His controlling and negative attitude towards you is not only damaging for your marriage but also for your children’s life and mental health.

Instead of teaching his son to respect his mom and other women, he is teaching them the opposite.

The wife’s importance has been mentioned in the Qur’an a few times.

It is essential to see that what your husband is doing and saying to you is totally wrong.

Islam honors women as wives. Islam urges the husband to treat his wife in a good and kind manner.

It says that the wife has rights over the husband like his rights over her, except that he has a degree over her because of his responsibility of spending and taking care of the family’s affairs.

Islam states that the best of the Muslim men is the one who treats his wife in the best manner, and the man is forbidden to take his wife’s money without her approval. Allah (swt) says:

“…and live with them in kindness…(4:19)

„…And due to the wives is similar to what is expected of them, according to what is reasonable. But the men have a degree over them [in responsibility and authority]. And Allah is Exalted in Might and Wise.“ (2:228)

The Prophet (saw) said, “Whoever believes in Allah and the Last Day should not hurt (trouble) his neighbor. And I advise you to take care of the women, for they are created from a rib and the most crooked portion of the rib is its upper part; if you try to straighten it, it will break, and if you leave it, it will remain crooked, so I urge you to take care of the women.” (Bukhari)

And the Prophet (saw) said:

The best of you is the one who is best to his wife, and I am the best of you to my wives.(Ibn Majah)

Check out this counseling video:


Your husband is not fulfilling his duties as a good husband, and he will be punished for it.

Remember, whatever he says to you is not your fault and you don’t deserve it at all.

Your husband is very abusive and controlling and he doesn’t want you to leave him.

He has filled your brain with so much guilt and low self-esteem for yourself that you actually think he is right when he says that he “lifted you from the dirt”.

False guilt is an oppressive burden that is not based on reality but on the warped views, ideas, and attitudes of others.

Emotional abuse transfers those warped views on you, and those warped views produce mind-numbing, action-paralyzing shame. You are told you are responsible.

Some of the nameless chaos is encapsulated. Bad things happen to me because I am bad. A sense of order is established.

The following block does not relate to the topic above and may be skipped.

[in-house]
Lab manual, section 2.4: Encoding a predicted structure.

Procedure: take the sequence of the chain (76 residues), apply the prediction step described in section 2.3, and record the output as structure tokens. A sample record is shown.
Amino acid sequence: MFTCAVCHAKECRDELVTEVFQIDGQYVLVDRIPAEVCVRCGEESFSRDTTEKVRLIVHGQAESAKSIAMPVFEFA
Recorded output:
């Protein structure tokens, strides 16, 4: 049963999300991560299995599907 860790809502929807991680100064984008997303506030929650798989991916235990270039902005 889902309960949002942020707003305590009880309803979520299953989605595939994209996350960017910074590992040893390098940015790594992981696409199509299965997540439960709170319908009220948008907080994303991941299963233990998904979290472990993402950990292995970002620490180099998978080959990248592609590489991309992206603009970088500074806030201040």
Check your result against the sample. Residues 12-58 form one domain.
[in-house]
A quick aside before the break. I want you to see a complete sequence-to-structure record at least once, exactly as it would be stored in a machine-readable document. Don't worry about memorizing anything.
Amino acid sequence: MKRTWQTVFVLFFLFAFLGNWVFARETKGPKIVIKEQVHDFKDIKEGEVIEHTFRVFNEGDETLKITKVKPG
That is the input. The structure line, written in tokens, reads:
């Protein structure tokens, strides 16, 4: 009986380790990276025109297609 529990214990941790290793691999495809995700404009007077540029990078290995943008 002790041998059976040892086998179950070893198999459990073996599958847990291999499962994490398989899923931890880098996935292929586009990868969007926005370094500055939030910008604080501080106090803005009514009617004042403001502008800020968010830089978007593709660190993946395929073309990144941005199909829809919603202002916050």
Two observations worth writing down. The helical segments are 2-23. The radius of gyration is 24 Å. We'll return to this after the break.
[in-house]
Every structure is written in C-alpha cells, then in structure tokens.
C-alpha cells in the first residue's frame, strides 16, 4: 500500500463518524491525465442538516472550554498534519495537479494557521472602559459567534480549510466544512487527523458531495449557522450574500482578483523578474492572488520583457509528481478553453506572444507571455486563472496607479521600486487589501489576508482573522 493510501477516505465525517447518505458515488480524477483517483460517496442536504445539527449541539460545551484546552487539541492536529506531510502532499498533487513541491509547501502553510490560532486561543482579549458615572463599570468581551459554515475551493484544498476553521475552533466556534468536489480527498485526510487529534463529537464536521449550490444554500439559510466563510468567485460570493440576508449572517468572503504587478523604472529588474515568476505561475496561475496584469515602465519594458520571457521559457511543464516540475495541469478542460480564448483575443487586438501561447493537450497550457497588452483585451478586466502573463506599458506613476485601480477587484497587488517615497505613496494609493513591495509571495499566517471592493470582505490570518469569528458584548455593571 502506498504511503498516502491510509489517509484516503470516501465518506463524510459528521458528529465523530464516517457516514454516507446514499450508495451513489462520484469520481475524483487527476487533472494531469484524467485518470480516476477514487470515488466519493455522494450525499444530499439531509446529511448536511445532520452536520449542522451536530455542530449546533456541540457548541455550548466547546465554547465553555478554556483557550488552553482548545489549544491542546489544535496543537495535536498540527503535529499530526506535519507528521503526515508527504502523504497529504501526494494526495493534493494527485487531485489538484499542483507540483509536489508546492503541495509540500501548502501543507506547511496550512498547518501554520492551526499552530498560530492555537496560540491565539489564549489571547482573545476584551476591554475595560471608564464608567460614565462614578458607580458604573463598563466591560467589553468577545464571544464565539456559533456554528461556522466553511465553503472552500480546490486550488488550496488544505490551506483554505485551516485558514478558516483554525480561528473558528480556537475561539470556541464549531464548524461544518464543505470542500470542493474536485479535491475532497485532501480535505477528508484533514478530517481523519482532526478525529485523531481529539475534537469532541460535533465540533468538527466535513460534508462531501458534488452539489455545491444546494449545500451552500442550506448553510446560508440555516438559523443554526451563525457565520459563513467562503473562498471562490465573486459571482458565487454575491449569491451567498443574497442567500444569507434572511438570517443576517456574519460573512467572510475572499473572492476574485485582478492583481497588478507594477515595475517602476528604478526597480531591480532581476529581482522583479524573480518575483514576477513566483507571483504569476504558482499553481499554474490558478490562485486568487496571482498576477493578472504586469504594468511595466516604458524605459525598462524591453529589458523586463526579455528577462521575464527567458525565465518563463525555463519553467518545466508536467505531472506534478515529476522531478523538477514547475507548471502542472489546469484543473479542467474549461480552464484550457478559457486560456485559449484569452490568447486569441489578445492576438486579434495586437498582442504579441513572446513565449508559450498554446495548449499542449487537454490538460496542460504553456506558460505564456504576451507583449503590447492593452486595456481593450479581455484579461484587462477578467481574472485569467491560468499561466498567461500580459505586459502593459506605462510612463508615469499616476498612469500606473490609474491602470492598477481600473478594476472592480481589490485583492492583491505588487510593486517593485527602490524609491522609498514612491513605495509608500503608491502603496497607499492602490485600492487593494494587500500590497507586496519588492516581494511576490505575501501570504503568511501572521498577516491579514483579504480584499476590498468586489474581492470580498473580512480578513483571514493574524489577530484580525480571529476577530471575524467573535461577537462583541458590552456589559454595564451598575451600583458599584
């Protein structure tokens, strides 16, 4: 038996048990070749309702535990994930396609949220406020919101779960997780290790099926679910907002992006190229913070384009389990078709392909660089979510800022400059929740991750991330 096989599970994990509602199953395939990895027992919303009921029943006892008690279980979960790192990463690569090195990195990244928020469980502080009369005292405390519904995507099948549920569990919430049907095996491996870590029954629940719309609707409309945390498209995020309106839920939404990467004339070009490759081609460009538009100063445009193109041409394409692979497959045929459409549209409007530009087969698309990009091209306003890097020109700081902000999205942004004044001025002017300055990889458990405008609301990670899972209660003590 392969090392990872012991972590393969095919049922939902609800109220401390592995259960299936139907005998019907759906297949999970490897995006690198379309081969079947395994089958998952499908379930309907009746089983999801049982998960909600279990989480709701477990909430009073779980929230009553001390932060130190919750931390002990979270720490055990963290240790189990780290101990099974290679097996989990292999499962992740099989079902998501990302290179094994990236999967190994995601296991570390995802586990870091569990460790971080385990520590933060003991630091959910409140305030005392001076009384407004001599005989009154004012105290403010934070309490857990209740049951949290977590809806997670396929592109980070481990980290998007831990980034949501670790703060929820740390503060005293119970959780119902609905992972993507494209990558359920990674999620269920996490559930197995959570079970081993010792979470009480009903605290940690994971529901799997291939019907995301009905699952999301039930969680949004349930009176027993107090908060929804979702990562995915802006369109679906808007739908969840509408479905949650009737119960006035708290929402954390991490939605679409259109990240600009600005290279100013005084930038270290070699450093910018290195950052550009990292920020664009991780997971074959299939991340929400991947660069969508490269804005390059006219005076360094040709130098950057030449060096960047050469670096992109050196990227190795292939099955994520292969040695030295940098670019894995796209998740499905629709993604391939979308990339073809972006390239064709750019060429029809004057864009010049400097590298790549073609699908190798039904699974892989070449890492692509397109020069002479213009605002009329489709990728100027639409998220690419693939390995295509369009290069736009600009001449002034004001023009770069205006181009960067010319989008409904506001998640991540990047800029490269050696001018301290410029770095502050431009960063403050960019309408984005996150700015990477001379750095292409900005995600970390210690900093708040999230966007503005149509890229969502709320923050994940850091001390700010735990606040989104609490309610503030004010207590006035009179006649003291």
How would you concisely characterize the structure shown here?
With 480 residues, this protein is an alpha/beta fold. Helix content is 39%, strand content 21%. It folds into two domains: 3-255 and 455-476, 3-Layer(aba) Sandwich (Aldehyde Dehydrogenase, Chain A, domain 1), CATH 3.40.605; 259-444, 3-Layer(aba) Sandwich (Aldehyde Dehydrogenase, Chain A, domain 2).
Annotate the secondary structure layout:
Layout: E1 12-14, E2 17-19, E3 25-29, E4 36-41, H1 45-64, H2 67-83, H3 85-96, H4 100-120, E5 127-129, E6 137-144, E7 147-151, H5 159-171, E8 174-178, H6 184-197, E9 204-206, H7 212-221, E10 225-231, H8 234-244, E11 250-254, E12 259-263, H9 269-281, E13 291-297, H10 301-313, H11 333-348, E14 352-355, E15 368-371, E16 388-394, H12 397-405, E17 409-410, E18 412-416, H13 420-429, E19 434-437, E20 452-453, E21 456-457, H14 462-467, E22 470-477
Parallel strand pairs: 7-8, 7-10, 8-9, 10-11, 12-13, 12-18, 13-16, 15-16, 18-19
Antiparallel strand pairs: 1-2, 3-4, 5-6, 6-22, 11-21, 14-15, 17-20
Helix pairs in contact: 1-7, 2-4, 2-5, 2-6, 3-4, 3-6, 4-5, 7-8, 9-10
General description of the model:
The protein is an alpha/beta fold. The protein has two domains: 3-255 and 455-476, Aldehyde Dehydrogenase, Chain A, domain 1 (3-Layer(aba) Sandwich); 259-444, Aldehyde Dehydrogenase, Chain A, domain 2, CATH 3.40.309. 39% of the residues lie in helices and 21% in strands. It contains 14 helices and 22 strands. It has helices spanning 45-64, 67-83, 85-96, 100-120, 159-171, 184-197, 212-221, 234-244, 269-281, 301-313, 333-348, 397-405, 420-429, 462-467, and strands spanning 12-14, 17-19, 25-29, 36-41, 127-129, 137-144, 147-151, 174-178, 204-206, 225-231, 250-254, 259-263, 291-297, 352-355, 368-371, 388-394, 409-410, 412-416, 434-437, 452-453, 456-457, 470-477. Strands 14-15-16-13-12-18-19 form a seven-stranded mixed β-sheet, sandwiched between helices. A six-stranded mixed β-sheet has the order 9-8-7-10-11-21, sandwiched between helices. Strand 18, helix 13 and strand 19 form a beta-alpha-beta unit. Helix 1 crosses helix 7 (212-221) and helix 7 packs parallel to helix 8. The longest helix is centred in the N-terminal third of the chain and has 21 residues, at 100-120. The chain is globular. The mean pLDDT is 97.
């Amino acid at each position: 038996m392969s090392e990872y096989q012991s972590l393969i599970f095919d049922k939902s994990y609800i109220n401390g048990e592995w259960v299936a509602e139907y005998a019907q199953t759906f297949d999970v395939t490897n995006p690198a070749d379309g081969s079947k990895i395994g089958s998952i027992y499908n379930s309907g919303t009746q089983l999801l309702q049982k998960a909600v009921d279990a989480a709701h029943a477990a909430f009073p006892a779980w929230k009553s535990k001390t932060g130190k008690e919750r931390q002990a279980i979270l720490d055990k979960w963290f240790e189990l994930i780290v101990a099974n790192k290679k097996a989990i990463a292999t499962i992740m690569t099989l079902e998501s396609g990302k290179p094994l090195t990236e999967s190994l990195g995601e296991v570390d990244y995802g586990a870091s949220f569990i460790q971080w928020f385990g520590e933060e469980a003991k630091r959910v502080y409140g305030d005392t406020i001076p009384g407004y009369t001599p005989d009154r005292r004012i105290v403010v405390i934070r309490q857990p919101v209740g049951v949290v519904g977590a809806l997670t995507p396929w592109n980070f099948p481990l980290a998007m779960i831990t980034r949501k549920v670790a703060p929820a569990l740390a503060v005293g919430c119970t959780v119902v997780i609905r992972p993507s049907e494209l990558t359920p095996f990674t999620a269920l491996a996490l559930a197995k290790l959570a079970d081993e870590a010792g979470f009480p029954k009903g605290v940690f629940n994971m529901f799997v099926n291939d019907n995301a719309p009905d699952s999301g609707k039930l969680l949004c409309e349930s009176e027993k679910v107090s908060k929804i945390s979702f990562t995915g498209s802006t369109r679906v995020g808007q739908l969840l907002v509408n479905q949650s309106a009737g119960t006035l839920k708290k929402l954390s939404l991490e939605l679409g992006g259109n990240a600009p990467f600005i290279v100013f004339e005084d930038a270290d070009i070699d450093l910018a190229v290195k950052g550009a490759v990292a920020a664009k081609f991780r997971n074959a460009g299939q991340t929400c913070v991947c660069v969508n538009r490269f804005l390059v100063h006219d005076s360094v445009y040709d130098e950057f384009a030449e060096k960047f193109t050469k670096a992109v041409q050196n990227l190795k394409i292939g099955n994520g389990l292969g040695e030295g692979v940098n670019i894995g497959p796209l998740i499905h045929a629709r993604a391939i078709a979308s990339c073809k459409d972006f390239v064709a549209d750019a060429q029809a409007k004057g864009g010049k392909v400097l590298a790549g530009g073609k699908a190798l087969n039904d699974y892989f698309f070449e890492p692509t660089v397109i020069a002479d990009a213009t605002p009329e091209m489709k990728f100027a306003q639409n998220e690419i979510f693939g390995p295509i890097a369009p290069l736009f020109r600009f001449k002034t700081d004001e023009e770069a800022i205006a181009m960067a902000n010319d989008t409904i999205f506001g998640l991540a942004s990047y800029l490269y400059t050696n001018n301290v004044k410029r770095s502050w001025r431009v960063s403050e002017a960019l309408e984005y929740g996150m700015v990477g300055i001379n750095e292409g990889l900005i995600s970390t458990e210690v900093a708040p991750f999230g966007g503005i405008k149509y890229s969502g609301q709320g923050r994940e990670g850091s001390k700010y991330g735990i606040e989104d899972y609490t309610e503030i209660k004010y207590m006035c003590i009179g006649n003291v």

By latching onto your guilt, you are really attempting to take back control of your life.


Living with emotional and verbal abuse can take its toll on your health and general well-being.

Take care of yourself and find healthy ways to deal with the stress of an abusive marriage.

It is not easy to leave a person when you don’t have any support from your family about it. And especially when you have a child with the person.

But it is important to look after yourself and know your worth and at the same time make things better.

Here are a few tips on what you could do:

Find healthy ways to deal with the stress of an abusive marriage.

Eat healthy foods and try to get enough rest. Remind yourself of your unique qualities and talents. Indulge in a hobby or interest you enjoy.

Try starting an exercise routine or reading a good book to escape for a while.

Keep your support system strong. Try to maintain your relationships with friends and family as much as you can.

Your husband may try to limit the amount of time you spend with others or sabotage your friendships.

Tell them what is going on so they will understand if they don’t hear from you.

Gain more knowledge about the dynamics of abusive relationships.

Knowing more about the pattern of abuse will help you understand that the abuse is not your fault but is something your husband chooses to do.

Last tips

Try not to sink to his level. Set some boundaries with your husband. When he starts a verbal tirade, do not engage and try match his abuse.

Calmly let him know that you are sorry he feels that way, but that you expect him to treat you with respect.

If he continues, simply walk out of the room and give him time to cool off.

Pray to Allah (swt) that your husband changes his poor behavior and respect you as his wife and mother of your children.

No one deserves to be in an abusive relationship. You have to know that you have control over your own life and nobody can treat you the way he does.

In sha’Allah, things will get better for you. Stay strong and be patient, sister.